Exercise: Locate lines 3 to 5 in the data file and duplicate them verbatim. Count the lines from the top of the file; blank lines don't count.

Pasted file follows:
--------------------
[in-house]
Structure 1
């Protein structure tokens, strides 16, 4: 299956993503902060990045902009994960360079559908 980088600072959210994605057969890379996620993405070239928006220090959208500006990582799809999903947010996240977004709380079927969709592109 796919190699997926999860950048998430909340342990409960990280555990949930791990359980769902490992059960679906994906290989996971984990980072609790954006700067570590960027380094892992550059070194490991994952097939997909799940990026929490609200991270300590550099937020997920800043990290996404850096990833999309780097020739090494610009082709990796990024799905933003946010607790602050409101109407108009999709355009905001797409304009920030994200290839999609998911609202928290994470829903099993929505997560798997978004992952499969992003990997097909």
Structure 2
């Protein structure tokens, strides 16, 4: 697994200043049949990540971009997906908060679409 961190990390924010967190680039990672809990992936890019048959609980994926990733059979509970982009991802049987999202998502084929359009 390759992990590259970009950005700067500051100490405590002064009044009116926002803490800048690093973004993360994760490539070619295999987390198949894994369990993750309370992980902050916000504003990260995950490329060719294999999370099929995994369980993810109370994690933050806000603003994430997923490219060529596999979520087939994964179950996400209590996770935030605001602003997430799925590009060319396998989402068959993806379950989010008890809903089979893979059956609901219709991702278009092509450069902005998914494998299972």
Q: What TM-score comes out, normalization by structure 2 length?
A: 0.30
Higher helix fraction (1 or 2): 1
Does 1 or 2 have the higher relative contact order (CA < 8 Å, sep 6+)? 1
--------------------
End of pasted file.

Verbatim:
């Protein structure tokens, strides 16, 4: 299956993503902060990045902009994960360079559908 980088600072959210994605057969890379996620993405070239928006220090959208500006990582799809999903947010996240977004709380079927969709592109 796919190699997926999860950048998430909340342990409960990280555990949930791990359980769902490992059960679906994906290989996971984990980072609790954006700067570590960027380094892992550059070194490991994952097939997909799940990026929490609200991270300590550099937020997920800043990290996404850096990833999309780097020739090494610009082709990796990024799905933003946010607790602050409101109407108009999709355009905001797409304009920030994200290839999609998911609202928290994470829903099993929505997560798997978004992952499969992003990997097909």
Structure 2
């Protein structure tokens, strides 16, 4: 697994200043049949990540971009997906908060679409 961190990390924010967190680039990672809990992936890019048959609980994926990733059979509970982009991802049987999202998502084929359009 390759992990590259970009950005700067500051100490405590002064009044009116926002803490800048690093973004993360994760490539070619295999987390198949894994369990993750309370992980902050916000504003990260995950490329060719294999999370099929995994369980993810109370994690933050806000603003994430997923490219060529596999979520087939994964179950996400209590996770935030605001602003997430799925590009060319396998989402068959993806379950989010008890809903089979893979059956609901219709991702278009092509450069902005998914494998299972």